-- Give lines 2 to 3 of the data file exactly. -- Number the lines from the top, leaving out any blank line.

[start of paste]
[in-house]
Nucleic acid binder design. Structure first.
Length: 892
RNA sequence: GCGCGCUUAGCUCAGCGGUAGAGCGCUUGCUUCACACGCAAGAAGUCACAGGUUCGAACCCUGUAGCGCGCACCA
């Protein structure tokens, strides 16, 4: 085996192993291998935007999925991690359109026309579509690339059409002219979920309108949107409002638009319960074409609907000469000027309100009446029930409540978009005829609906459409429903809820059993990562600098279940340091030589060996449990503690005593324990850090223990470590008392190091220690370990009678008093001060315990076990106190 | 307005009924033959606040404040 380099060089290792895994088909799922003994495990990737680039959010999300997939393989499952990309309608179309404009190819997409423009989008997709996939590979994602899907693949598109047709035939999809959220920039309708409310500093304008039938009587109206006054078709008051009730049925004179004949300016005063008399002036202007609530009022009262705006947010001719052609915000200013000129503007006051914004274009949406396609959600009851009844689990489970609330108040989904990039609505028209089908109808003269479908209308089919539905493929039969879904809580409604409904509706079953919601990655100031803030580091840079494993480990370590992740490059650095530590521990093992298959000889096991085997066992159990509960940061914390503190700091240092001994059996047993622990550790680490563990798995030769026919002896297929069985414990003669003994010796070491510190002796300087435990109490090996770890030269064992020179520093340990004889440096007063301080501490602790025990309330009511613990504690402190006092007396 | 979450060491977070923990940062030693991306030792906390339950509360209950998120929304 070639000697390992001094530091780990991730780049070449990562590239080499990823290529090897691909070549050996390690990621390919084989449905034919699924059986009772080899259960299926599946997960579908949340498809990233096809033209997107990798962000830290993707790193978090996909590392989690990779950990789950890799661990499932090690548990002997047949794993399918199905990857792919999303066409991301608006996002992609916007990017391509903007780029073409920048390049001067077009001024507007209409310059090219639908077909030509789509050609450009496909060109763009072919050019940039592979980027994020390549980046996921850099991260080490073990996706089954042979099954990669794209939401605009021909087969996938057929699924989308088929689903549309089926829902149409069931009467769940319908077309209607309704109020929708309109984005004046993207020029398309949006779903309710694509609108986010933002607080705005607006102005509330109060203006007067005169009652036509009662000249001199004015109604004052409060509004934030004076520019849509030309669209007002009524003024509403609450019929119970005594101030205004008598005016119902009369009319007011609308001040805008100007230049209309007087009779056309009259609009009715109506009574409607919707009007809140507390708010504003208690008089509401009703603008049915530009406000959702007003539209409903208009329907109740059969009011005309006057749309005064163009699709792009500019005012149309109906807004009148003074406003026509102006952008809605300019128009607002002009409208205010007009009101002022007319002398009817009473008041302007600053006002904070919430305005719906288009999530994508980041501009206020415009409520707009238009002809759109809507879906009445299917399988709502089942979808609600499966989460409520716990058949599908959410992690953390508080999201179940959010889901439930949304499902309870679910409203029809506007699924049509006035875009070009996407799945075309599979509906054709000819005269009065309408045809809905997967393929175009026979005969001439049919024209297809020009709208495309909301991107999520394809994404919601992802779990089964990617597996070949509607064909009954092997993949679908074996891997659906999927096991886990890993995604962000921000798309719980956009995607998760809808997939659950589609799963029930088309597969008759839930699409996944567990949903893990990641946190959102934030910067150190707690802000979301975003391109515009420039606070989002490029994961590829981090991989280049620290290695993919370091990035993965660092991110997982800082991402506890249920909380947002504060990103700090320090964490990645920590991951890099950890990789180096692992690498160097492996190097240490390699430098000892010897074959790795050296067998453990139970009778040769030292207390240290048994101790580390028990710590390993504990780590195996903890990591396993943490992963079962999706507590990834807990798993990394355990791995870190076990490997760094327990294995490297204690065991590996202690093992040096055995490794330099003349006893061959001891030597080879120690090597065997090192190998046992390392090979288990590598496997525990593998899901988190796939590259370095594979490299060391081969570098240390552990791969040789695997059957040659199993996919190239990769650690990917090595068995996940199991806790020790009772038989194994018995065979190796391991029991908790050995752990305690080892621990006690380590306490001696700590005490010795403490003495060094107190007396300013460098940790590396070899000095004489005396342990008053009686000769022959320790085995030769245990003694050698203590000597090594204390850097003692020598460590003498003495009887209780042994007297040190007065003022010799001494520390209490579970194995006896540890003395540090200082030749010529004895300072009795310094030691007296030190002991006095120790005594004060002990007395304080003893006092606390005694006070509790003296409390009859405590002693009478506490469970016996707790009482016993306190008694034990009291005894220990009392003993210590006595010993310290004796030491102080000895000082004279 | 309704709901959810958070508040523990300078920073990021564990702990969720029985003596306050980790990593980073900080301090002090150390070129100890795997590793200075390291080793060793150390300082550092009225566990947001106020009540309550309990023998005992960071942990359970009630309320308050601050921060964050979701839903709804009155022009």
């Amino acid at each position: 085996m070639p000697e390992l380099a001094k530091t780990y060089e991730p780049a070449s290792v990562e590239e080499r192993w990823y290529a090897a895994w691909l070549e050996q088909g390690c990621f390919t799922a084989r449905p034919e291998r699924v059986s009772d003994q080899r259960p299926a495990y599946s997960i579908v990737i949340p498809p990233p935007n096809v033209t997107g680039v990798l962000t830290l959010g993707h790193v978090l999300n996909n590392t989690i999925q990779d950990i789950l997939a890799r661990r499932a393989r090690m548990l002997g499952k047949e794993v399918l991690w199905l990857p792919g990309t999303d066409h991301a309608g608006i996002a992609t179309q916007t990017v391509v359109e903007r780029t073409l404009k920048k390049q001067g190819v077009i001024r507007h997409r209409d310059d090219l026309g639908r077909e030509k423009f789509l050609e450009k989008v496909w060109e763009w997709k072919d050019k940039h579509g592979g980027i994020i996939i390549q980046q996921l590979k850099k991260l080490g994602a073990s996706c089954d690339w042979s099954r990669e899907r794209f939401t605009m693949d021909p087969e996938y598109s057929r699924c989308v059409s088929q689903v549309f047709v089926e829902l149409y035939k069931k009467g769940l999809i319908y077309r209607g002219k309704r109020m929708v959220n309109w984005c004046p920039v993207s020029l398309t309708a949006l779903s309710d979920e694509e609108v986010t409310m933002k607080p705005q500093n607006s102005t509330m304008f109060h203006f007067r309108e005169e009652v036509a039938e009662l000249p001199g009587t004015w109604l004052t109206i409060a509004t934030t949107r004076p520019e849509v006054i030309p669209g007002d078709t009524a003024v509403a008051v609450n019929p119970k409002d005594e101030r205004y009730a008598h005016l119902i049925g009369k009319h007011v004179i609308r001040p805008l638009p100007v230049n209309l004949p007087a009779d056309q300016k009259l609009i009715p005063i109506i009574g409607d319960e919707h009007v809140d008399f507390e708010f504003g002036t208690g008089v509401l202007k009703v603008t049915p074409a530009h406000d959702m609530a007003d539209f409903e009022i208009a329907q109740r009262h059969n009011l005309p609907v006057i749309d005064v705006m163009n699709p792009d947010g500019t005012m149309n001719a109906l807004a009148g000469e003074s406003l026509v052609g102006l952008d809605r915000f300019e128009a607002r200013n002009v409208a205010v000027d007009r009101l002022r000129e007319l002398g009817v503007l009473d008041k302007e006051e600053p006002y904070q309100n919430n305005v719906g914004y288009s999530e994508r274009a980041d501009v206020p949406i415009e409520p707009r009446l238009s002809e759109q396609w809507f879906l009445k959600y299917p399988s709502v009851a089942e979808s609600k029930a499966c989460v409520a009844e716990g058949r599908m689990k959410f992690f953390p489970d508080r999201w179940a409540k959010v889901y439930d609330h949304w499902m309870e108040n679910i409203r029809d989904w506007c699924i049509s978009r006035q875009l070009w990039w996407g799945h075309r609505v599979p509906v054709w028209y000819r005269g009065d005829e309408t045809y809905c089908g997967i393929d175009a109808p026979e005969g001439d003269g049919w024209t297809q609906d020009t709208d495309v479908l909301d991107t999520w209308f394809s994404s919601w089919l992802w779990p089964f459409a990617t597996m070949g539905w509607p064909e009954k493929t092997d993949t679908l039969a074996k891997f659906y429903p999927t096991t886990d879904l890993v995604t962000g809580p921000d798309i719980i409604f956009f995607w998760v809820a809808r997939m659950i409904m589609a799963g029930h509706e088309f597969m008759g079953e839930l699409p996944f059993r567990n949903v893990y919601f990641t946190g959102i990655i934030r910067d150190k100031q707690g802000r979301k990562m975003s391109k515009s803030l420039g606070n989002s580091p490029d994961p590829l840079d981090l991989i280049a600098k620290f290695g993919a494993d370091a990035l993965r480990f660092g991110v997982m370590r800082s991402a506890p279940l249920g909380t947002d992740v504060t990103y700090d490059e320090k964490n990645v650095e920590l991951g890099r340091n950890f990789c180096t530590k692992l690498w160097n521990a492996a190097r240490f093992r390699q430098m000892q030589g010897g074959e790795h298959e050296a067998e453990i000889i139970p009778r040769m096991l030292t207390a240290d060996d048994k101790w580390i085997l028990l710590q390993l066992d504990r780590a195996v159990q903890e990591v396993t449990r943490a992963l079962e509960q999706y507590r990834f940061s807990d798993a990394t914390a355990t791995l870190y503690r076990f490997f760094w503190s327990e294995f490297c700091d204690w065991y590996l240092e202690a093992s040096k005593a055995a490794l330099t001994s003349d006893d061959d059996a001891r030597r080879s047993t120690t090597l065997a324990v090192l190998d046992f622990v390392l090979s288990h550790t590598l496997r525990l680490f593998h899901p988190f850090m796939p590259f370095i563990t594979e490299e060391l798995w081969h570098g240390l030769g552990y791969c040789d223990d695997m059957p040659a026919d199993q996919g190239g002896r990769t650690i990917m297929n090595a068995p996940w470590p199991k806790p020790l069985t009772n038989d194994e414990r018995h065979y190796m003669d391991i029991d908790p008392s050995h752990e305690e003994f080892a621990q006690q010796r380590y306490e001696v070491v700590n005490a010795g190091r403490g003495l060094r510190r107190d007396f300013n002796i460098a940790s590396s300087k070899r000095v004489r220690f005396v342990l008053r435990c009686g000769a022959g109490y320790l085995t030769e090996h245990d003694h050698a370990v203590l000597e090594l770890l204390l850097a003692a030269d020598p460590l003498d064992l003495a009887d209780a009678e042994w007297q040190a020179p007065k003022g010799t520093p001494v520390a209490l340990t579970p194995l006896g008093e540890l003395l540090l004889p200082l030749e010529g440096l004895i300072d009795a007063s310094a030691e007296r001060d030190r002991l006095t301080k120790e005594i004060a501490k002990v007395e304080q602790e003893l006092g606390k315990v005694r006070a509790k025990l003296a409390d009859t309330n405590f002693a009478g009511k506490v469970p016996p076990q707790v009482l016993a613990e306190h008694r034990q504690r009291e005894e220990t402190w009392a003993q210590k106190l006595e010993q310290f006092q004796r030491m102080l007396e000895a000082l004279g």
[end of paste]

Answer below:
Nucleic acid binder design. Structure first.
Length: 892